NASA has spent $3.6 million to build 12 small satellites to explore the planet Venus in search of a mysterious substance that absorbs half the planet’s light.
The CubeSat UV Experiment (CUVE) mission will launch the satellites to investigate atmospheric processes on Venus. The 12 satellites vary in size. One is less than four inches across and weighs a few ounces. Another weighs 400 pounds.
“CUVE will use remote sensing instruments to study the distribution of energy in Earth’s sister planet Venus,” Dr. Valeria Cottini, a NASA scientist at the University of Maryland in College Park, told Astrowatch.net. “The mission is also designed to address the role of the cloud-top dynamics and chemistry in global energy balance. These results will constrain theories that describe the evolutionary processes of Venus.”
CUVE is a relatively new idea, coming out of a March conference in Texas between NASA an several universities. There is not yet a scheduled launch date for the satellites. NASA only recently begun funding the mission, but the probes will be one of the first projects to use miniaturized cube satellites for space research.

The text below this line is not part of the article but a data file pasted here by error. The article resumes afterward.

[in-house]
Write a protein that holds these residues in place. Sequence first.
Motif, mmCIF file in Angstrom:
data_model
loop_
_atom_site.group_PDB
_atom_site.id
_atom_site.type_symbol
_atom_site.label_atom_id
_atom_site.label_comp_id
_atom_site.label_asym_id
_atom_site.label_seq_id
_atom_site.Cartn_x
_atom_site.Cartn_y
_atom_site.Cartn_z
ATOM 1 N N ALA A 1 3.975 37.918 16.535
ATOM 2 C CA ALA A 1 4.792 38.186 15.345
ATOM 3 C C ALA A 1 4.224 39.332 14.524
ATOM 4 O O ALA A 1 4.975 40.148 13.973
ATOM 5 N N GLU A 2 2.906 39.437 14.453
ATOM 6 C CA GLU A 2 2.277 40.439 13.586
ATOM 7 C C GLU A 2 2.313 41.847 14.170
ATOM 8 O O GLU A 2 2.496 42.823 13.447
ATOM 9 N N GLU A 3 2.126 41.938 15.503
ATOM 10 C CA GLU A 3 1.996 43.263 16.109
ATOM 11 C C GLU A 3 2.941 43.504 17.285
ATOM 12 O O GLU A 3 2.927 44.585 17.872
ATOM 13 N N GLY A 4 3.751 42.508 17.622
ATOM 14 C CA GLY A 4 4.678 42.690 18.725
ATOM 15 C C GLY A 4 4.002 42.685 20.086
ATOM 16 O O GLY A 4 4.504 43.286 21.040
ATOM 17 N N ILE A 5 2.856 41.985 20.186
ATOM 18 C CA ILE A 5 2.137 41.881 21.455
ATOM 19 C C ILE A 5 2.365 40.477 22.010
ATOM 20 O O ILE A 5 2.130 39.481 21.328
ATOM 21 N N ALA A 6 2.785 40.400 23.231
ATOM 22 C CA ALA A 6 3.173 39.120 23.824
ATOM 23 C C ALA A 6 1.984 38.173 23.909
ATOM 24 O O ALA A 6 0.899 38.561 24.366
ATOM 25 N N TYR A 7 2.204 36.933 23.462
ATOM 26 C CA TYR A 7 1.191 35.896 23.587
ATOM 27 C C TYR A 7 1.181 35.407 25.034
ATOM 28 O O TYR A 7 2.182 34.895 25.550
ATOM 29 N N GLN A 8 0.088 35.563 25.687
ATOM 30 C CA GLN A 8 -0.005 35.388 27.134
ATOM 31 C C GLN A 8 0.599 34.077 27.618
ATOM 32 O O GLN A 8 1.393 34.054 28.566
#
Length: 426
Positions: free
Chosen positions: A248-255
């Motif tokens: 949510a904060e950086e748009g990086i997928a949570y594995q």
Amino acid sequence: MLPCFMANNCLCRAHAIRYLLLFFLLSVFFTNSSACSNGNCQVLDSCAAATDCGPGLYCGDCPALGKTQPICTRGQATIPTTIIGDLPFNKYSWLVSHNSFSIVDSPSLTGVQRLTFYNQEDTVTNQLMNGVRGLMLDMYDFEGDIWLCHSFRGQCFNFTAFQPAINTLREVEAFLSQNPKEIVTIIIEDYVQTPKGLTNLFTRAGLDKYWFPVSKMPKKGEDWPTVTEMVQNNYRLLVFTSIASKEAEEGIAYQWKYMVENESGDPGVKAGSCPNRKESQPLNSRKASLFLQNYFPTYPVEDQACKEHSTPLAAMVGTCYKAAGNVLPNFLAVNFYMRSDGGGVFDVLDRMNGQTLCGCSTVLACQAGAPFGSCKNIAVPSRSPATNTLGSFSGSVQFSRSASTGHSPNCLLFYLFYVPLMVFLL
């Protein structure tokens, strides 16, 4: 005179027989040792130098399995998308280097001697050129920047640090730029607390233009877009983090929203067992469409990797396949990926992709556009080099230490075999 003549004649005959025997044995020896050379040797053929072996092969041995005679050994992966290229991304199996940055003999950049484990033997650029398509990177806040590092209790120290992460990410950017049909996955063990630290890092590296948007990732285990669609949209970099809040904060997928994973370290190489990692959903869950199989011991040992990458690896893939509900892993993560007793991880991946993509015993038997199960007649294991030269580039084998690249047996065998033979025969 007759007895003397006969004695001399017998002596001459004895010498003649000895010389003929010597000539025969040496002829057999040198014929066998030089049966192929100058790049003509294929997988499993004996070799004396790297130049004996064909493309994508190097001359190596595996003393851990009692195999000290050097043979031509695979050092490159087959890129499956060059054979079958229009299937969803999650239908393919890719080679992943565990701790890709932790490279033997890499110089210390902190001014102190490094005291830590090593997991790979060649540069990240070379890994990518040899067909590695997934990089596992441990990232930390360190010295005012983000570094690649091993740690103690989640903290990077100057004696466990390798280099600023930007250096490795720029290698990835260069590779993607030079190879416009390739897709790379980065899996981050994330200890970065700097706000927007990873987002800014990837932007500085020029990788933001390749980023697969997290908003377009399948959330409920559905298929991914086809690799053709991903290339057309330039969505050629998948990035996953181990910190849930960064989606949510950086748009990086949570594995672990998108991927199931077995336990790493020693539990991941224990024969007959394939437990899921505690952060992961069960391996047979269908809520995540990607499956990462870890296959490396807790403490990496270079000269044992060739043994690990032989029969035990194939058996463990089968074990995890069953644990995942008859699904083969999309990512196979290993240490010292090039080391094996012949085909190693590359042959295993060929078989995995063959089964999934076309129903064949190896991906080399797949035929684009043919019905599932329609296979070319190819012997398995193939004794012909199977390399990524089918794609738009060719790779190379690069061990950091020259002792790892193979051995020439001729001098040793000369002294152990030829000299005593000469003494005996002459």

“These small but mighty satellites have the potential to enable transformational science,” Jim Green, director of NASA’s Planetary Science Division, said in a press statement. “They will provide valuable information to assist in planning future Announcements of Opportunity, and to guide NASA’s development of small spacecraft technologies for deep space science investigation.”
None of the probes will actually land on Venus, since the average surface temperature there is typically 864 degrees Fahrenheit. Most electronics can’t operate in that heat, and any probes landing on the planet must have thermal and pressure-resistant shells. But that technology is expensive and only lasts a few hours, limiting the amount of scientific work that can be done on the planet.
Venus may have supported some kind of life in a 2 billion year period before it became too inhospitable, according to a NASA co-authored study.
Researchers created computer simulations to show how Venus may have had ancient oceans that covered half the planet for most of its history. If that’s the case, Venus’s average surface temperature would have been around 65 degrees Fahrenheit.
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